1850 and 1927 four members of the Partleton family left their homes in England, independently of each other, in search of a better life. Their destination: America...
To understand what motivated these emigrants, we need to understand the conditions of their daily lives. To our knowledge, without exception, all Partletons in England in the 1800's, both north and south, are in the lowest tier of economic well being.
In the north, Cumberland, the Partletons are nearly always coal miners, iron ore workers, with all that entails for working conditions in Victorian heavy industry. They die in explosions; they are at the mercy of unscrupulous mine owners; they live in unsanitary dwellings, no sanitation, surrounded by poor health and poverty.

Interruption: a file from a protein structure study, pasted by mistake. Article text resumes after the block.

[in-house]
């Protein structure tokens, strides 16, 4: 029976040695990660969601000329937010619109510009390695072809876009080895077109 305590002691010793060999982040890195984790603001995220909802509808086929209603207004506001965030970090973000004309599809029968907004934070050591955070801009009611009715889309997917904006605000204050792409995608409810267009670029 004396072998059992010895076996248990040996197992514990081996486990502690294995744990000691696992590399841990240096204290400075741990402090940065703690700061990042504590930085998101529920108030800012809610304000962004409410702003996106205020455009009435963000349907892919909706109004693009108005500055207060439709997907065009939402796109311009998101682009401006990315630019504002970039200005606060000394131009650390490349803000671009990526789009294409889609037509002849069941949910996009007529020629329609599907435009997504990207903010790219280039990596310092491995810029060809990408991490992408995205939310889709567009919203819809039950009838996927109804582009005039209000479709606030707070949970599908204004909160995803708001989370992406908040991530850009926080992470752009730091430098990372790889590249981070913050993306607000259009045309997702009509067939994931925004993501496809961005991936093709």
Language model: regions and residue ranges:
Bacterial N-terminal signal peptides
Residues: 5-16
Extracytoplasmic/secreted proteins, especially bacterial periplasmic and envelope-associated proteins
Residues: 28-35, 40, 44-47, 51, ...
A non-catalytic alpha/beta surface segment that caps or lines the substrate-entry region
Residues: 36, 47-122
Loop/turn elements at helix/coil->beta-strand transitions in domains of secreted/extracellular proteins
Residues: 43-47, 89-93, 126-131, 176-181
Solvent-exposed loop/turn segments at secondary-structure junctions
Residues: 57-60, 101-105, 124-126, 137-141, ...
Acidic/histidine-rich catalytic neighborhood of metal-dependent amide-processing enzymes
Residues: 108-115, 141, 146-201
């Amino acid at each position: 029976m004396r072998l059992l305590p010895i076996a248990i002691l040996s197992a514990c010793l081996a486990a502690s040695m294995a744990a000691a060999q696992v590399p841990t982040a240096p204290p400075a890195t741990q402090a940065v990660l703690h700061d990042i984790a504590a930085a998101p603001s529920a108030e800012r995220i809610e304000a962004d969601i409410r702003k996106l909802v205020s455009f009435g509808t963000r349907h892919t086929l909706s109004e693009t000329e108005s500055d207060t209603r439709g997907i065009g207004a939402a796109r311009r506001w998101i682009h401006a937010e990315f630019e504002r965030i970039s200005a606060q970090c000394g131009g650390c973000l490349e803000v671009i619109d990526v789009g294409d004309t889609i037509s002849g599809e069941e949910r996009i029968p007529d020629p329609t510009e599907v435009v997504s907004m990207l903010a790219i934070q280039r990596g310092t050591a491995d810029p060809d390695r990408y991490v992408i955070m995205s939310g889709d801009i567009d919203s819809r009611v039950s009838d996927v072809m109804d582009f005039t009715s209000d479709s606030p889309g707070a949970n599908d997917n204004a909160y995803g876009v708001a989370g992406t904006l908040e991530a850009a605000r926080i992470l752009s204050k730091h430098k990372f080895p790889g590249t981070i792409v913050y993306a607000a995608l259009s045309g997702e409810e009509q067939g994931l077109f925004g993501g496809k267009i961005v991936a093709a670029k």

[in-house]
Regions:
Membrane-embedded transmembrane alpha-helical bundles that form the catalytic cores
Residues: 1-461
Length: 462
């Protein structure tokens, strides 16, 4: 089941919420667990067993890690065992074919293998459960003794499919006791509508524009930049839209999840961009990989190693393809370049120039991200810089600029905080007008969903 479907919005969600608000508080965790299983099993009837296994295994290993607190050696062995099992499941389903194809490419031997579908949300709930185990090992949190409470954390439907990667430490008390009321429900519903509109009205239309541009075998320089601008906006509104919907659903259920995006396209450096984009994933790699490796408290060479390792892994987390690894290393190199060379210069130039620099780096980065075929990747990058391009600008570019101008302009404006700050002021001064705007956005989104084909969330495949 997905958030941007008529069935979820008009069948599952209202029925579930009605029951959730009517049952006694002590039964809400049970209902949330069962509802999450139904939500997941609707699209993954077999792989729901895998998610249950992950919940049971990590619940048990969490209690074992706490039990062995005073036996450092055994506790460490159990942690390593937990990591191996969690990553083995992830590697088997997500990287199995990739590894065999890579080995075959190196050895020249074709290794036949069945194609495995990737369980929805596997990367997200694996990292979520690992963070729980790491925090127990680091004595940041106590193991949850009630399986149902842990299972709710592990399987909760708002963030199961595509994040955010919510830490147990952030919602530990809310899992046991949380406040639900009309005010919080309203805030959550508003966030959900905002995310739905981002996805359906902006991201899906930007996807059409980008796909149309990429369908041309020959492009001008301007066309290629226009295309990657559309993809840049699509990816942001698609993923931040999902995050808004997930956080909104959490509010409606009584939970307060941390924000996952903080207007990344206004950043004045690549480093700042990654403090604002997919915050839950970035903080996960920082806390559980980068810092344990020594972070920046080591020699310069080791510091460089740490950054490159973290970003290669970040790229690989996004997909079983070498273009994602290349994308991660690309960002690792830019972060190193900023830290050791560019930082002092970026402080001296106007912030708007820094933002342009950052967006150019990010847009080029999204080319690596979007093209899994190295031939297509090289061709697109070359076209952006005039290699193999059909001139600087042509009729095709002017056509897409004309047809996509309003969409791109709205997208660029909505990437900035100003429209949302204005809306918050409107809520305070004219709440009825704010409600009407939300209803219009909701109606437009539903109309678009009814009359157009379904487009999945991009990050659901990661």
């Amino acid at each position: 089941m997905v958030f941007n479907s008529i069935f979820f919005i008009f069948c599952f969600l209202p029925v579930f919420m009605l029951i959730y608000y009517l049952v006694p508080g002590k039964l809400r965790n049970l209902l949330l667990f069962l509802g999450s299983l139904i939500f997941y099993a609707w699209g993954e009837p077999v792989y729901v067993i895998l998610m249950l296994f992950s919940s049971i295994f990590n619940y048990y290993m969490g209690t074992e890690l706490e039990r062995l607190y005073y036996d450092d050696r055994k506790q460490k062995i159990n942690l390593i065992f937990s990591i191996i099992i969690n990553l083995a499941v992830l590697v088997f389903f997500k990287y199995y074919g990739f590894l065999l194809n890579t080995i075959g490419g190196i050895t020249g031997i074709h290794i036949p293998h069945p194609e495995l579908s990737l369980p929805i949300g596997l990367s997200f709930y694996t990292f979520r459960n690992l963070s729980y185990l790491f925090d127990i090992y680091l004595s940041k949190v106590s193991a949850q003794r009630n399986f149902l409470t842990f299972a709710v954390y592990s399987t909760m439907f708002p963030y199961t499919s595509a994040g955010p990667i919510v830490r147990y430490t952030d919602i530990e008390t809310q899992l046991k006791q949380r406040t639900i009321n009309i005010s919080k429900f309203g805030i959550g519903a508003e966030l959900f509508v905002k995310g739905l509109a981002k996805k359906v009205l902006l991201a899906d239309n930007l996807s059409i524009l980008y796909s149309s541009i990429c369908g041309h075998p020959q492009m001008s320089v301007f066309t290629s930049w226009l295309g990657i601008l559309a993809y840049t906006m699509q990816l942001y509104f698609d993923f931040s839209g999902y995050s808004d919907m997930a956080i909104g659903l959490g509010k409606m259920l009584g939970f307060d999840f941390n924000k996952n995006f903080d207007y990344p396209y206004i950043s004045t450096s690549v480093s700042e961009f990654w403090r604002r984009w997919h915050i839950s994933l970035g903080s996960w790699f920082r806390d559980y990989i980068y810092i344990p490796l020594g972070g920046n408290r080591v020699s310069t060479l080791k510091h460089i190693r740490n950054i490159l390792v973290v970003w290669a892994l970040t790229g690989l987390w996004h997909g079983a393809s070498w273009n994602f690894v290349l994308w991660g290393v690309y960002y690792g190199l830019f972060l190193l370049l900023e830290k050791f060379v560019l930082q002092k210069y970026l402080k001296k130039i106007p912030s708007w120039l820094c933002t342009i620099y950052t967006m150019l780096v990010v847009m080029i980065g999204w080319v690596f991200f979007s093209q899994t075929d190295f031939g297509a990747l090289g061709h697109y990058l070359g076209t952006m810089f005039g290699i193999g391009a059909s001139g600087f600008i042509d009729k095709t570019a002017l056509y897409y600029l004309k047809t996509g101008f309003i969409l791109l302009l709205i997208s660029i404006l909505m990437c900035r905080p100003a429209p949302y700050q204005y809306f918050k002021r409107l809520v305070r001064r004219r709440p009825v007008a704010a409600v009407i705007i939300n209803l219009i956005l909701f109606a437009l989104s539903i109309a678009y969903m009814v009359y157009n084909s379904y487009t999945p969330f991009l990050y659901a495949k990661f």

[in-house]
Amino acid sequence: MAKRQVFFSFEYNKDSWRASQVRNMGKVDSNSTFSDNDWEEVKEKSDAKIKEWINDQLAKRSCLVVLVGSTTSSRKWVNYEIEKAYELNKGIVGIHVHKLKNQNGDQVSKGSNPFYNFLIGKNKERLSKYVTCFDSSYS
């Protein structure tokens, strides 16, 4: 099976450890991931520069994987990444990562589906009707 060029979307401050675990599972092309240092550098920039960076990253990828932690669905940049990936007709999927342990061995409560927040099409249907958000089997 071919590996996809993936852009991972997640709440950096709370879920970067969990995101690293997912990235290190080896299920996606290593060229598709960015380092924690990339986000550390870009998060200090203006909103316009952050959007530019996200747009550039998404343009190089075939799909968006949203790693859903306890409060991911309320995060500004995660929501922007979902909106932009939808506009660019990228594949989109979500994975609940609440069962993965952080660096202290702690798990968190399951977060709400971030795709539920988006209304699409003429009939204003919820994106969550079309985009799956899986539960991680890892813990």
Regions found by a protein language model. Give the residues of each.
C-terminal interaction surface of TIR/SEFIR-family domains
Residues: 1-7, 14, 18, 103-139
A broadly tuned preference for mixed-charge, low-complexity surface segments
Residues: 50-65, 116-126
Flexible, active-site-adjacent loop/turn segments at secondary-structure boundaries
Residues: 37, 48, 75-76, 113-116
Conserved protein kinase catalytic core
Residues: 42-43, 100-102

In the south, in London, conditions are if anything, worse. Our Victorian Partleton ancestors live only in the poorest districts of London, the East End and Lambeth. They die as babies, they die when they are 10, 20, 30, 40 years old. They are surrounded by death; cholera, tuberculosis; they are occupied only in the humblest of jobs, and when things go wrong - as they often do - we find them in the workhouse.
So it's no surprise when we discover that some of them made the decision: let's get out of here...
The emigrations were mostly unconnected, widely separated in time and place.
The first to go was Catherine Partleton (1810-1896) who married James Cunningham. She left London with her five children in March 1850, and moved to Indiana.
The other three emigrants - many years later - were all from Cumberland; Tom Thompson Partleton (1886), Alfred R Partleton (1910) and William Kendall Partleton (1927). Click on their boxes in the map above to read their stories...
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